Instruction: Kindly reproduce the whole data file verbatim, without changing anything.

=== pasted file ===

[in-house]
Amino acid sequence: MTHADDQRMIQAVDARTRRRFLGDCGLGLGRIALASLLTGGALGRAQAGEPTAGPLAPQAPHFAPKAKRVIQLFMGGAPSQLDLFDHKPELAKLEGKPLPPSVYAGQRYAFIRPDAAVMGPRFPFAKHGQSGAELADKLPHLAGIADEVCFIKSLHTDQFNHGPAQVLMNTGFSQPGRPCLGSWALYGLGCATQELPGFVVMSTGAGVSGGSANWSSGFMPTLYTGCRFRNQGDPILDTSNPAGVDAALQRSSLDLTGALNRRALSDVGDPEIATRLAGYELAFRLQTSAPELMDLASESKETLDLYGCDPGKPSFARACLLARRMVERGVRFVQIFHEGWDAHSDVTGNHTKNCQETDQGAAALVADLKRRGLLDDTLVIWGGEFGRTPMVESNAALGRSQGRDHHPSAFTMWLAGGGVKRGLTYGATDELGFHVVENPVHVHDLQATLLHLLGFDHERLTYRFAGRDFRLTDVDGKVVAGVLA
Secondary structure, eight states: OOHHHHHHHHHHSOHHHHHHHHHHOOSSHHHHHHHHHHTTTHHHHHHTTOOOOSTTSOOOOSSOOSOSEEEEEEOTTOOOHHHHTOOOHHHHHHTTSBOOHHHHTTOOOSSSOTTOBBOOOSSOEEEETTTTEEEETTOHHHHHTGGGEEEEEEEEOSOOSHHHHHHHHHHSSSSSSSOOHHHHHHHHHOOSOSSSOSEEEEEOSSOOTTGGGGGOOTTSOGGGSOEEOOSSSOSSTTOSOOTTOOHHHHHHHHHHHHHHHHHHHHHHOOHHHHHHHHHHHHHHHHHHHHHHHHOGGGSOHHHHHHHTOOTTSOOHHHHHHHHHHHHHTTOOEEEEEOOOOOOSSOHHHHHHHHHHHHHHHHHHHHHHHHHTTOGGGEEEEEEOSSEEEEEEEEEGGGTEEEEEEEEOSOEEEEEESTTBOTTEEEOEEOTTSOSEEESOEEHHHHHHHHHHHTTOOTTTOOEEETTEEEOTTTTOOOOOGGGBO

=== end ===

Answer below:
[in-house]
Amino acid sequence: MTHADDQRMIQAVDARTRRRFLGDCGLGLGRIALASLLTGGALGRAQAGEPTAGPLAPQAPHFAPKAKRVIQLFMGGAPSQLDLFDHKPELAKLEGKPLPPSVYAGQRYAFIRPDAAVMGPRFPFAKHGQSGAELADKLPHLAGIADEVCFIKSLHTDQFNHGPAQVLMNTGFSQPGRPCLGSWALYGLGCATQELPGFVVMSTGAGVSGGSANWSSGFMPTLYTGCRFRNQGDPILDTSNPAGVDAALQRSSLDLTGALNRRALSDVGDPEIATRLAGYELAFRLQTSAPELMDLASESKETLDLYGCDPGKPSFARACLLARRMVERGVRFVQIFHEGWDAHSDVTGNHTKNCQETDQGAAALVADLKRRGLLDDTLVIWGGEFGRTPMVESNAALGRSQGRDHHPSAFTMWLAGGGVKRGLTYGATDELGFHVVENPVHVHDLQATLLHLLGFDHERLTYRFAGRDFRLTDVDGKVVAGVLA
Secondary structure, eight states: OOHHHHHHHHHHSOHHHHHHHHHHOOSSHHHHHHHHHHTTTHHHHHHTTOOOOSTTSOOOOSSOOSOSEEEEEEOTTOOOHHHHTOOOHHHHHHTTSBOOHHHHTTOOOSSSOTTOBBOOOSSOEEEETTTTEEEETTOHHHHHTGGGEEEEEEEEOSOOSHHHHHHHHHHSSSSSSSOOHHHHHHHHHOOSOSSSOSEEEEEOSSOOTTGGGGGOOTTSOGGGSOEEOOSSSOSSTTOSOOTTOOHHHHHHHHHHHHHHHHHHHHHHOOHHHHHHHHHHHHHHHHHHHHHHHHOGGGSOHHHHHHHTOOTTSOOHHHHHHHHHHHHHTTOOEEEEEOOOOOOSSOHHHHHHHHHHHHHHHHHHHHHHHHHTTOGGGEEEEEEOSSEEEEEEEEEGGGTEEEEEEEEOSOEEEEEESTTBOTTEEEOEEOTTSOSEEESOEEHHHHHHHHHHHTTOOTTTOOEEETTEEEOTTTTOOOOOGGGBO